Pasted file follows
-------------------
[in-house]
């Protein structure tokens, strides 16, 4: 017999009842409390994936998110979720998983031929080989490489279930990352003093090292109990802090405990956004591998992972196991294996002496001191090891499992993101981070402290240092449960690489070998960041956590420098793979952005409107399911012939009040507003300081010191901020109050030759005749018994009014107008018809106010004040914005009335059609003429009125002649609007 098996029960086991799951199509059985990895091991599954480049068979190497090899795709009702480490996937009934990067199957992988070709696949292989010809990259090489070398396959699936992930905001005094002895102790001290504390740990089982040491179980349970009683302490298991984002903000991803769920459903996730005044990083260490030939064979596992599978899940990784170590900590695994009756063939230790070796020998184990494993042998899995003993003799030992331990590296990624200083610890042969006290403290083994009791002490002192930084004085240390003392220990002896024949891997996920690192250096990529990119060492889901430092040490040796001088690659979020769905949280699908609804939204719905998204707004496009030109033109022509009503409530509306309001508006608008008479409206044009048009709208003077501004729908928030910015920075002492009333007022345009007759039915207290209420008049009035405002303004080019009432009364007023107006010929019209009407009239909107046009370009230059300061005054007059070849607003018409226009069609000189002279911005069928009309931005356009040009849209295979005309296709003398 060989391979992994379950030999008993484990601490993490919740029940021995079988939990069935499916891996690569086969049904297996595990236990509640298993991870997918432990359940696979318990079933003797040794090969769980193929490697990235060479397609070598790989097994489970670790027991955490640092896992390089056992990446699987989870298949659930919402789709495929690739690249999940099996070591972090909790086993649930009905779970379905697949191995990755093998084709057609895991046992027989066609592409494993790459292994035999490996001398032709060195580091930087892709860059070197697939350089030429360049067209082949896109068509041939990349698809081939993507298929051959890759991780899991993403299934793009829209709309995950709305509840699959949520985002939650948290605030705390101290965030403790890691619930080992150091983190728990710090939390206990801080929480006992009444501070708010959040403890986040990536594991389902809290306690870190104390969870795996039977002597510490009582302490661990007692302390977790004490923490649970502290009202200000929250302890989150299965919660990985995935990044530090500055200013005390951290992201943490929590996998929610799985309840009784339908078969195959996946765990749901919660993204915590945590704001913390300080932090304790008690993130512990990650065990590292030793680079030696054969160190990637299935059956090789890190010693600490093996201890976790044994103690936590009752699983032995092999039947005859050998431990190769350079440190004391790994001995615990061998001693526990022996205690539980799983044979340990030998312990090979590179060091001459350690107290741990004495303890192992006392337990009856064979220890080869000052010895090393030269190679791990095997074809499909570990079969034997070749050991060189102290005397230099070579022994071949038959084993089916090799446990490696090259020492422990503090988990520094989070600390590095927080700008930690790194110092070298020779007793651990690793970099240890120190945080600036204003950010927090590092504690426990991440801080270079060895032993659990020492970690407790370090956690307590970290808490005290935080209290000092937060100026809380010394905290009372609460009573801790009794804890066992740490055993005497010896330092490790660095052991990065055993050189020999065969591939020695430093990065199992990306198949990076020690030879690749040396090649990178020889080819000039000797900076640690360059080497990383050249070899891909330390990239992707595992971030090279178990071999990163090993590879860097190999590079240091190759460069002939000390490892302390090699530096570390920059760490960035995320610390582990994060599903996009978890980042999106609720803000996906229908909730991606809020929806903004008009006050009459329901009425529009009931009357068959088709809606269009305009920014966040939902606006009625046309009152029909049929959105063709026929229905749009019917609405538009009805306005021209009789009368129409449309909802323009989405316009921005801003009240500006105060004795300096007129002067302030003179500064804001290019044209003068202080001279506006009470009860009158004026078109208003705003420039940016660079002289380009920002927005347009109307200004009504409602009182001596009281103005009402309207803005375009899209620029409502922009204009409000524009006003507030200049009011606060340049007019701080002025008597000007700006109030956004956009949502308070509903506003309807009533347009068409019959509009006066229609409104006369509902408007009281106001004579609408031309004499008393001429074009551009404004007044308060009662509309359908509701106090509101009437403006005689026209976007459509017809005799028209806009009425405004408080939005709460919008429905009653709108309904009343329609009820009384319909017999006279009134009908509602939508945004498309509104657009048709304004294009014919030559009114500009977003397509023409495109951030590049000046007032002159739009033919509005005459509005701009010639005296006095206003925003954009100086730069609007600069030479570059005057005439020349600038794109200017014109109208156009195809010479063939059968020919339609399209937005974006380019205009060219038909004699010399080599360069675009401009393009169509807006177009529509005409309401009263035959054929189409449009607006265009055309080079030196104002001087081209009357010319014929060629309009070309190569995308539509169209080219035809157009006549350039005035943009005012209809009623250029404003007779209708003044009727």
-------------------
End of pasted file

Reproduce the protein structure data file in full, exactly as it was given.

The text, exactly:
[in-house]
């Protein structure tokens, strides 16, 4: 017999009842409390994936998110979720998983031929080989490489279930990352003093090292109990802090405990956004591998992972196991294996002496001191090891499992993101981070402290240092449960690489070998960041956590420098793979952005409107399911012939009040507003300081010191901020109050030759005749018994009014107008018809106010004040914005009335059609003429009125002649609007 098996029960086991799951199509059985990895091991599954480049068979190497090899795709009702480490996937009934990067199957992988070709696949292989010809990259090489070398396959699936992930905001005094002895102790001290504390740990089982040491179980349970009683302490298991984002903000991803769920459903996730005044990083260490030939064979596992599978899940990784170590900590695994009756063939230790070796020998184990494993042998899995003993003799030992331990590296990624200083610890042969006290403290083994009791002490002192930084004085240390003392220990002896024949891997996920690192250096990529990119060492889901430092040490040796001088690659979020769905949280699908609804939204719905998204707004496009030109033109022509009503409530509306309001508006608008008479409206044009048009709208003077501004729908928030910015920075002492009333007022345009007759039915207290209420008049009035405002303004080019009432009364007023107006010929019209009407009239909107046009370009230059300061005054007059070849607003018409226009069609000189002279911005069928009309931005356009040009849209295979005309296709003398 060989391979992994379950030999008993484990601490993490919740029940021995079988939990069935499916891996690569086969049904297996595990236990509640298993991870997918432990359940696979318990079933003797040794090969769980193929490697990235060479397609070598790989097994489970670790027991955490640092896992390089056992990446699987989870298949659930919402789709495929690739690249999940099996070591972090909790086993649930009905779970379905697949191995990755093998084709057609895991046992027989066609592409494993790459292994035999490996001398032709060195580091930087892709860059070197697939350089030429360049067209082949896109068509041939990349698809081939993507298929051959890759991780899991993403299934793009829209709309995950709305509840699959949520985002939650948290605030705390101290965030403790890691619930080992150091983190728990710090939390206990801080929480006992009444501070708010959040403890986040990536594991389902809290306690870190104390969870795996039977002597510490009582302490661990007692302390977790004490923490649970502290009202200000929250302890989150299965919660990985995935990044530090500055200013005390951290992201943490929590996998929610799985309840009784339908078969195959996946765990749901919660993204915590945590704001913390300080932090304790008690993130512990990650065990590292030793680079030696054969160190990637299935059956090789890190010693600490093996201890976790044994103690936590009752699983032995092999039947005859050998431990190769350079440190004391790994001995615990061998001693526990022996205690539980799983044979340990030998312990090979590179060091001459350690107290741990004495303890192992006392337990009856064979220890080869000052010895090393030269190679791990095997074809499909570990079969034997070749050991060189102290005397230099070579022994071949038959084993089916090799446990490696090259020492422990503090988990520094989070600390590095927080700008930690790194110092070298020779007793651990690793970099240890120190945080600036204003950010927090590092504690426990991440801080270079060895032993659990020492970690407790370090956690307590970290808490005290935080209290000092937060100026809380010394905290009372609460009573801790009794804890066992740490055993005497010896330092490790660095052991990065055993050189020999065969591939020695430093990065199992990306198949990076020690030879690749040396090649990178020889080819000039000797900076640690360059080497990383050249070899891909330390990239992707595992971030090279178990071999990163090993590879860097190999590079240091190759460069002939000390490892302390090699530096570390920059760490960035995320610390582990994060599903996009978890980042999106609720803000996906229908909730991606809020929806903004008009006050009459329901009425529009009931009357068959088709809606269009305009920014966040939902606006009625046309009152029909049929959105063709026929229905749009019917609405538009009805306005021209009789009368129409449309909802323009989405316009921005801003009240500006105060004795300096007129002067302030003179500064804001290019044209003068202080001279506006009470009860009158004026078109208003705003420039940016660079002289380009920002927005347009109307200004009504409602009182001596009281103005009402309207803005375009899209620029409502922009204009409000524009006003507030200049009011606060340049007019701080002025008597000007700006109030956004956009949502308070509903506003309807009533347009068409019959509009006066229609409104006369509902408007009281106001004579609408031309004499008393001429074009551009404004007044308060009662509309359908509701106090509101009437403006005689026209976007459509017809005799028209806009009425405004408080939005709460919008429905009653709108309904009343329609009820009384319909017999006279009134009908509602939508945004498309509104657009048709304004294009014919030559009114500009977003397509023409495109951030590049000046007032002159739009033919509005005459509005701009010639005296006095206003925003954009100086730069609007600069030479570059005057005439020349600038794109200017014109109208156009195809010479063939059968020919339609399209937005974006380019205009060219038909004699010399080599360069675009401009393009169509807006177009529509005409309401009263035959054929189409449009607006265009055309080079030196104002001087081209009357010319014929060629309009070309190569995308539509169209080219035809157009006549350039005035943009005012209809009623250029404003007779209708003044009727």